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increased investment in the drc

  1. 513 Posts.
    Just an article off kitcometals.com

    Mining investors welcome safer Africa, but are wary of government whims
    February 11, 2005

    Cape Town - Mining investors are taking a fresh look at Africa as conflicts wind down in the mineral-rich continent, experts and industry sources say, but they remain wary of risks such as sudden changes in government policy.

    "The overall picture is positive, but there are areas that continue to be points of concern for investors," Mike Davies of consultancy Control Risks Group said this week.

    "You're seeing a shift. Companies in Africa are generally much more interested in operational risk rather than security risk."

    Investors are heading back to Angola, Mozambique and the Democratic Republic of Congo (DRC), which are on the mend after devastating civil wars, although the situation in the DRC is precarious, with rebel forces still active in parts of the east.

    The African Development Bank said it had returned to the DRC, opening an office last week amid more signs of stability, although landmark elections due to be held by June might be delayed.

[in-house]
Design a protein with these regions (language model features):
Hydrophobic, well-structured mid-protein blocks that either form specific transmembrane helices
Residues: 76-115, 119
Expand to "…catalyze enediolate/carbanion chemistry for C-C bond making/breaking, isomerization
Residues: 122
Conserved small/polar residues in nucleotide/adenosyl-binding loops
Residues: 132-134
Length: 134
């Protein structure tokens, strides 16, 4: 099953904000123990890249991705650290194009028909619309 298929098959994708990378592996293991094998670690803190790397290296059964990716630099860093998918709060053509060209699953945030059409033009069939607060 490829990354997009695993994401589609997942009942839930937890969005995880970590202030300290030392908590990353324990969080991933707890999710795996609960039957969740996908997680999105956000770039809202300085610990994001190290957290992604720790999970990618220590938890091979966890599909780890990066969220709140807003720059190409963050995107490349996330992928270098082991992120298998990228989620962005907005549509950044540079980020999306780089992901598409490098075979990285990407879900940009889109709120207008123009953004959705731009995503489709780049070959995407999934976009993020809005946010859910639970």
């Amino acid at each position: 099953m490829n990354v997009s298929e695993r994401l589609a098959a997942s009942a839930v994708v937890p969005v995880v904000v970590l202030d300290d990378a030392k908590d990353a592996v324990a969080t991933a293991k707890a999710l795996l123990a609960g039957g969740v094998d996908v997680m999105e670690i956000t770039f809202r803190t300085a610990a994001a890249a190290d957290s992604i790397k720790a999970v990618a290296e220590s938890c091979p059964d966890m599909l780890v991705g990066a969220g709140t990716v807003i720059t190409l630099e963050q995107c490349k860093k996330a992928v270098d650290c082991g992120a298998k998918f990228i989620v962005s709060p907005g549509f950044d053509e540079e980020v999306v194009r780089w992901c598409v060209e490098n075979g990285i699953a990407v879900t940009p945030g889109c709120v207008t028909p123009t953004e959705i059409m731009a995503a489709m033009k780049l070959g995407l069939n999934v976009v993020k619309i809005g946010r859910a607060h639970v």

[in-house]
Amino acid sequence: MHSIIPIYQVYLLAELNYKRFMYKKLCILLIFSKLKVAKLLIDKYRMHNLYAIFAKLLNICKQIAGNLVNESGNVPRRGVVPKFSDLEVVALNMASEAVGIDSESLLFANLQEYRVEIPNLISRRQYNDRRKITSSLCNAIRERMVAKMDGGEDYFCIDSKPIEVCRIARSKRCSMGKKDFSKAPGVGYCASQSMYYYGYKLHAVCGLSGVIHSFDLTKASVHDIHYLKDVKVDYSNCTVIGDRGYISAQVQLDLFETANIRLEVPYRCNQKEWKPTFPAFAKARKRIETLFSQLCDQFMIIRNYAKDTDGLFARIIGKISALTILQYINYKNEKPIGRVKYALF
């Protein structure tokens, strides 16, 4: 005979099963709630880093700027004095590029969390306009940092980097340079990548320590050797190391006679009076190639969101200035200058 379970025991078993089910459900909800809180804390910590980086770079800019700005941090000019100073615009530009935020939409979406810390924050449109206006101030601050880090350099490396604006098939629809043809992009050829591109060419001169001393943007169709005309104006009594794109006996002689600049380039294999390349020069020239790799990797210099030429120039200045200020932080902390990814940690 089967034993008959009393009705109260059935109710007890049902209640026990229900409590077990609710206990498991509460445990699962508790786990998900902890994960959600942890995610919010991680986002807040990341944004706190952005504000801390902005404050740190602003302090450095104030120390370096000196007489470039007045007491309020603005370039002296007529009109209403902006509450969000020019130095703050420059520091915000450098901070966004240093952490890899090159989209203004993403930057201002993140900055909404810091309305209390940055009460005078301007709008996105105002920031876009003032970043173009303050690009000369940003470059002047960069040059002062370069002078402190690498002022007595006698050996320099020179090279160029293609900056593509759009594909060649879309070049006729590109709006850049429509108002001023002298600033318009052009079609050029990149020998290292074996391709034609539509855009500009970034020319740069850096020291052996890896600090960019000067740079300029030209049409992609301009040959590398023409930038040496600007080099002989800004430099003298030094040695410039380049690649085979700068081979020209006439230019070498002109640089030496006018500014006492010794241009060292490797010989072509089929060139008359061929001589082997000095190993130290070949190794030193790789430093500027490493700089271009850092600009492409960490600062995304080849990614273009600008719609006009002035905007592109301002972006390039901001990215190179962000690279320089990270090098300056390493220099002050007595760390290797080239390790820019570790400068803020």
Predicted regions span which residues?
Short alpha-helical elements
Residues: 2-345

Timothy Read, the chief executive of Adastra Minerals, which is developing a copper-cobalt project in southern DRC, said:

    "Risk management is very important for us. We are about as far from the trouble spots as London is from Moscow, [but] we have other issues like crime and low-level extortion, which are part and parcel of being in central Africa."

    Most investors are happy with a new mining code launched by the DRC in consultation with the World Bank.

    In Eritrea, which fought a civil war to secede from Ethiopia, Canada's Northern Mining Explorations launched a project after the security situation stabilised, but was broadsided by a surprise edict from the government.

    Chief executive Carlos Bertoni said that in September the government suddenly ordered all mining firms to suspend operations, giving no reason.

    Later it emerged that the government wanted to review its mining policy.

    It allowed mining companies to resume work with some minor changes to the law, but the initial lack of communication sent some stocks reeling and did lasting damage among investors.

    "I'm not sure if we'll be able to continue to raise investment funds for Eritrea," Bertoni said.

    In South Africa mining companies say they need more clarity from the government on its proposals to impose royalties.

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